God: This was the most difficult concept for me to really identify and separate from higher power. For me, God is simply all the higher powers combined. It is the universe, “Truth”, the way things work. I am God, you are God, the rain is God, reality is God, imagination is God, death is God, my computer is God… they are all the culmination of innumerable forces that are beyond understanding or control. God is all and all is God.
Spirituality: Once I nailed down my definition of higher power this was fairly simple for me to identify. I see spirituality as the explicit pursuit of one or more higher powers. That pursuit can take many forms. The pagan who performs a seasonal ceremony to welcome in winter is practicing a spirituality that combining a number of higher powers including death, physics, time, and others. The Christian that kneels in prayer is similarly practicing spirituality towards their combination of higher powers (in the form of Christ or “God”). The marathon runner is likewise being spiritual as they pursue their passion, the painter is spiritual while they hone their craft, and one or more people giving each other pleasure are also being spiritual. Spirituality is simply an attempt to live in sync with higher power(s).
I realize that this probably sounds batshit crazy to many people. It probably would have to me a few years ago but one of the major revelations I’ve had in the last decade or so is that it is okay for me to come up with my own views. Nearly everything in this world is open to a level of subjectivity. Relationship styles, love, health, success, and even spirituality should be tailored to each of our individual souls.
2,000 years ago it made some sense that life was arranged in a uniform way spiritually, politically, and socially. Very few people interacted with people who were different (unless they were killing them) and the ability to share and refine ideas wasn’t technologically available. We also lived in a very poor society where life was relatively solitary, poor, nasty, brutish, and short. If I lived in a 14th Century village and I decided that I didn’t believe in the same God, wanted a polyamorous/bisexual relationship, and wanted to spend my days making music then I would become an outcast and/or starve to death. We live in a privileged time because we can ask these questions and find ourselves closer to truths.
In the past, there were self-evident truths because we knew so little. We wanted a solid foundation because without it the center could not hold. Simplicity and uniformity was necessary, but we don’t live in the same world as we did 10,000, 2,000, or even 200 years ago. The physical laws are the same but our technology, society, and culture are different. The forces that act most prominently on our lives have proven to be more wild, varied, and nuanced than our ancestors could have imagined. There are simply very few, if any, binaries in life.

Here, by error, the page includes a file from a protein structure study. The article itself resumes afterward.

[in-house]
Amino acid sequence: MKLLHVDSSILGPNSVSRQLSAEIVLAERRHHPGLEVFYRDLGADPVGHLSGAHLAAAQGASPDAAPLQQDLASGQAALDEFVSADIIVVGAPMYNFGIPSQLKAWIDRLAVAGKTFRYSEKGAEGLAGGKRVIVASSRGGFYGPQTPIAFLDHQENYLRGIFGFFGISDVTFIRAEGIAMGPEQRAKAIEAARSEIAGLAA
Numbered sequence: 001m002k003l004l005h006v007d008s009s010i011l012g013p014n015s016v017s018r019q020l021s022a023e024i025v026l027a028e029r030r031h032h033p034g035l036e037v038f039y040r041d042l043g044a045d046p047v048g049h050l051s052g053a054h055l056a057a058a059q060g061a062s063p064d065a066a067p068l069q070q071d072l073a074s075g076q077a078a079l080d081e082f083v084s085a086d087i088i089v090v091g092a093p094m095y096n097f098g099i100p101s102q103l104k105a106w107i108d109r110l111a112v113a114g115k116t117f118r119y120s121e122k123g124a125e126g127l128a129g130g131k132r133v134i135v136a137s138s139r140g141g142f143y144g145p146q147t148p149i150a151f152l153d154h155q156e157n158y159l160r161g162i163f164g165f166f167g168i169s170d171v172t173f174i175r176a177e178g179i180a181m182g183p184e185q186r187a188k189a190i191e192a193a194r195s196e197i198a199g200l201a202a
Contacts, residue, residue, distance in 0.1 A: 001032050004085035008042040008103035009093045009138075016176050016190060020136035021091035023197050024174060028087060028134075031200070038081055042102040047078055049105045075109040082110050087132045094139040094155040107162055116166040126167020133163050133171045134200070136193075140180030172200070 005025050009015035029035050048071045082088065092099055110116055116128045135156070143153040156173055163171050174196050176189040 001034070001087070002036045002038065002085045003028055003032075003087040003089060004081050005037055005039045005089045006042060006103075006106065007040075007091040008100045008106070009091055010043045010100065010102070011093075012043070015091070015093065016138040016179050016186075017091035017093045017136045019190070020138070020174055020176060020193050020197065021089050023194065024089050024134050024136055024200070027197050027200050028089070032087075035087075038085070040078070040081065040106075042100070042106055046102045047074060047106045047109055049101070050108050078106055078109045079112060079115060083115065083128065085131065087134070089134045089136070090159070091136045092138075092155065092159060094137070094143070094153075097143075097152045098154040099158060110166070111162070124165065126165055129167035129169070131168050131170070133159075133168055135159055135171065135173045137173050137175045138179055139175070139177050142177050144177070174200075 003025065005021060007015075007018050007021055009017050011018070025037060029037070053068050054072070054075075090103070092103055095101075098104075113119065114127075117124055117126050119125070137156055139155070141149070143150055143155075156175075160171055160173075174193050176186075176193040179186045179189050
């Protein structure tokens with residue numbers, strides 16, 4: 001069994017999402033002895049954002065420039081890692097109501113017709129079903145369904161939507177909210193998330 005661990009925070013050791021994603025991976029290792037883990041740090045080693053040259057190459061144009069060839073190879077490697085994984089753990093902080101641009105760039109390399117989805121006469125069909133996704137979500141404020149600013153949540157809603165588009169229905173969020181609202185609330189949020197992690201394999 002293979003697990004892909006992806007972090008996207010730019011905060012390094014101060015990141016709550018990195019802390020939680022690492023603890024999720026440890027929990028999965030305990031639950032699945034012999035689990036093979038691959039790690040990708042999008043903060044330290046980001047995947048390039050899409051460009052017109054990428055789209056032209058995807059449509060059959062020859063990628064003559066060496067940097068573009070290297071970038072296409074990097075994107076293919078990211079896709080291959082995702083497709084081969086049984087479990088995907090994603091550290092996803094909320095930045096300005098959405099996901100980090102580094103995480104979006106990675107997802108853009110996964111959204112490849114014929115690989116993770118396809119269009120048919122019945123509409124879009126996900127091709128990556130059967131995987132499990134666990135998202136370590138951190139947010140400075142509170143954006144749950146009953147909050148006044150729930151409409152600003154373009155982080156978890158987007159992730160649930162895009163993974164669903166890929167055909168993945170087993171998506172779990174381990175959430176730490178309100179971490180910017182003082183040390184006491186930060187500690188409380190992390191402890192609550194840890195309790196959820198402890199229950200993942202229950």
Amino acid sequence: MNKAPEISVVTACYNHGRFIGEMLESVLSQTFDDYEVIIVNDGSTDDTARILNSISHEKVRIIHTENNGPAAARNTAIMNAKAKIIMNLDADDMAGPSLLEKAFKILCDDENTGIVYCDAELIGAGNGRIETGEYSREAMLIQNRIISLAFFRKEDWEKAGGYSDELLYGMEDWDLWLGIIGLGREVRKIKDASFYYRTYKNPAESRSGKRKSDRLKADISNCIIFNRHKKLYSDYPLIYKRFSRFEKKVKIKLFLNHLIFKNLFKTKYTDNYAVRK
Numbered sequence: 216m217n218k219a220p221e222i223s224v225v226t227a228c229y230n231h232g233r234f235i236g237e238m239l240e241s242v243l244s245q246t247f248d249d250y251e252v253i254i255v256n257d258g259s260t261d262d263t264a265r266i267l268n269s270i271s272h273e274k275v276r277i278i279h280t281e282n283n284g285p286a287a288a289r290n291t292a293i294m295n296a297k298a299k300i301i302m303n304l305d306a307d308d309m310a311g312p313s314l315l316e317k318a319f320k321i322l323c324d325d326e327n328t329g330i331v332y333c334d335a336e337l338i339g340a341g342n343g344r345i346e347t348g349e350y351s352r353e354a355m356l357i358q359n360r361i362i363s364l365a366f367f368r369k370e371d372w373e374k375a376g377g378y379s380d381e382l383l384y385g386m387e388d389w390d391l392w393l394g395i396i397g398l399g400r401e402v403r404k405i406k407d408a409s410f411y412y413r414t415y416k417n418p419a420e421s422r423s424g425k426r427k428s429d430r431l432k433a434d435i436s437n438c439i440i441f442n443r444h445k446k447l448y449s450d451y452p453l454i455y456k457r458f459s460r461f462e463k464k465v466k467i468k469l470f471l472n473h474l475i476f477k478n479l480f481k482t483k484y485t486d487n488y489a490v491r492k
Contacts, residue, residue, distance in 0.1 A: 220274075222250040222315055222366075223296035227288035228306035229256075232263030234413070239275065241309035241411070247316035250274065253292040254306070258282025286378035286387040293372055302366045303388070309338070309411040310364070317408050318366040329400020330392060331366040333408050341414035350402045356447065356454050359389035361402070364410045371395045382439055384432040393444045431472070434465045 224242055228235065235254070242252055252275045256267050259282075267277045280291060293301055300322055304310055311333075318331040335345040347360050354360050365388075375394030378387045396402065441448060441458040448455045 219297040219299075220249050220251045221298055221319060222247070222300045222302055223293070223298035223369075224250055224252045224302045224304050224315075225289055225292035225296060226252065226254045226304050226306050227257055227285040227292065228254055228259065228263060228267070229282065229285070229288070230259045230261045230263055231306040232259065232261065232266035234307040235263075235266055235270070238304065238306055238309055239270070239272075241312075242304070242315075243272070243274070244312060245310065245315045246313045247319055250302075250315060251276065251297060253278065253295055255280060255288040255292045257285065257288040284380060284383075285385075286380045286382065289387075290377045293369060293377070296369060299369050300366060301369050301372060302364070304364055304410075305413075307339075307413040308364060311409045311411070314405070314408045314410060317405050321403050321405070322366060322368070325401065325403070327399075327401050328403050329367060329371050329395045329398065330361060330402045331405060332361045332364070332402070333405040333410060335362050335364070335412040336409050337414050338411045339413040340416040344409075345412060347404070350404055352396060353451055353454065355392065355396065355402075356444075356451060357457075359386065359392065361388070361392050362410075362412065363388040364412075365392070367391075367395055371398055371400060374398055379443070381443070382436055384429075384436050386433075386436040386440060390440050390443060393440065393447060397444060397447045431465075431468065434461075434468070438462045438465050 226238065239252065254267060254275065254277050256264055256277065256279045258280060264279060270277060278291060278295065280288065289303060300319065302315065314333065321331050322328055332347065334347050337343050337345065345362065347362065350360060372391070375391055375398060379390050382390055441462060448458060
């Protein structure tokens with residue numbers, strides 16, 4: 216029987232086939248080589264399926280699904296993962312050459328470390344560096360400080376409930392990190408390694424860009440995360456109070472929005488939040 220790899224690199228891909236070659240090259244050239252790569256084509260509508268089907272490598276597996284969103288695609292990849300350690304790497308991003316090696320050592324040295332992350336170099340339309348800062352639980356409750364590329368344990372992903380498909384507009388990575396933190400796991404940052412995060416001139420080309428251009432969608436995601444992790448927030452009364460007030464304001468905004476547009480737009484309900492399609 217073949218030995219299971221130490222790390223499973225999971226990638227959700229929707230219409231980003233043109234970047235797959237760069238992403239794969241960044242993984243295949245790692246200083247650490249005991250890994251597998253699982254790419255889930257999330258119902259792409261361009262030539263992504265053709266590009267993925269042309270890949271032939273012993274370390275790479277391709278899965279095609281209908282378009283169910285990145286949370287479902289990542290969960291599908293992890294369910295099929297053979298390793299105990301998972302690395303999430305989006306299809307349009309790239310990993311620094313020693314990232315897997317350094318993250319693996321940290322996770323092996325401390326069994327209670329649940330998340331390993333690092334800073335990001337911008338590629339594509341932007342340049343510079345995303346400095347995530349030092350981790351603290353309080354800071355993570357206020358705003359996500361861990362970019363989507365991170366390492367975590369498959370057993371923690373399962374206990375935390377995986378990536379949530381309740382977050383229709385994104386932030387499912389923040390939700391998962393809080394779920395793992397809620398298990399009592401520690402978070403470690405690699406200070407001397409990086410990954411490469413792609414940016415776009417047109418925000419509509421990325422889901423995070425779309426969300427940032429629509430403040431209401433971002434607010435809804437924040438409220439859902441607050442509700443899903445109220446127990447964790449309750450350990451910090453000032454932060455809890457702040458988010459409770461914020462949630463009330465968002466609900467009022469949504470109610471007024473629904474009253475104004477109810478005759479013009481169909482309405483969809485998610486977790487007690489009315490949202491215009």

So, what is one to do without that objective stability?
I say first, rejoice. The world is so much more beautiful with mystery and variety and the ability to be true to yourself. I would rather live now than any other time in history. Sure, even 50 years ago was simpler. As a white, hetero-passing, man in America my word was law and I could basically do whatever I wanted (as long as I didn’t harm other white, hetero-passing, males). What I simple, easy, powerful life.
I would feel like a god! But much like toddlers, I could feel like a god but really be stuck in infancy. The simple life is not a full life. None of us can reach our human potential if we stay stuck in the old ways of thinking or if we desire to return to our infancy. I cannot return to the crib any more than our society can return to the 50’s. And thank God for that.
I don’t know if we humans will survive our societal adolescence. I hope so, but I don’t know. Like many people when they enter their teenage years and move into adulthood, there is a longing for childhood. We idealize those days of freedom from responsibility, but it was really just a freedom from life itself. Instead, we need to look forward… look forward towards the day when we can make our lives our own, when we can struggle and grow and love and be adults.
You can’t find your passion and experience true love as a child. As a person we need to break the chains of childhood that our parents used to keep us safe (and trapped). We need to go out on our own and discover what our truth is. And, as a society we need to break the chains of childhood that those in power use to keep us safe (and trapped). We must ask the hard questions, make mistakes, try new things, and discover what life is for us.
Luckily, throughout the ages tools have been discovered. Much like a good parent preparing their children for adulthood, philosophies and religions across time have helped prepare us for societal adulthood. We just need to look outside of our upbringing and open up to the experiences of others. If we do that we will discover some universal principles of human existence.
People have started piecing together these universal principles as best they can. Just look at Aldous Huxley’s “Perennial Philosophy”, Carl Jung’s “Collective Unconscious”, or Joseph Campbell’s “Hero with a Thousand Faces”. Reading the texts that have lasted for thousands of years show us a glimpse of human truths. The Buddha doesn’t sound that different than Jesus who sounds like an ancient Stoic. The Upanishads and the Bible and Meditations share similar proverbs and parables to guide the reader.
We will be stable if we recognize past “truths” for what they are, branches on a tree. Christianity is a spiritual branch attached to the Tree of God. Sure, if you take away that branch from people they will fall. Unless you help them recognize that it is a branch and not the tree itself. Guide them to the tree and they can find other branches or wrap themselves around the trunk for stability. That way, when one branch falls they still have stability. As political parties and religions and social institutions rot and fall away we will stay strong, as long as we recognize them for a part of the whole and not the only truth.
Feel free to reach out at any of the ways below while I take a Facebook break!
Email address: firstname.lastname@example.org
Questions: pneiger.sarahah.com or www.surveymonkey.com/r/XYRDXHH
Also, I wrote a book about a cross-country bicycle ride I did!
“Wandering Oak: A Rite of Passage”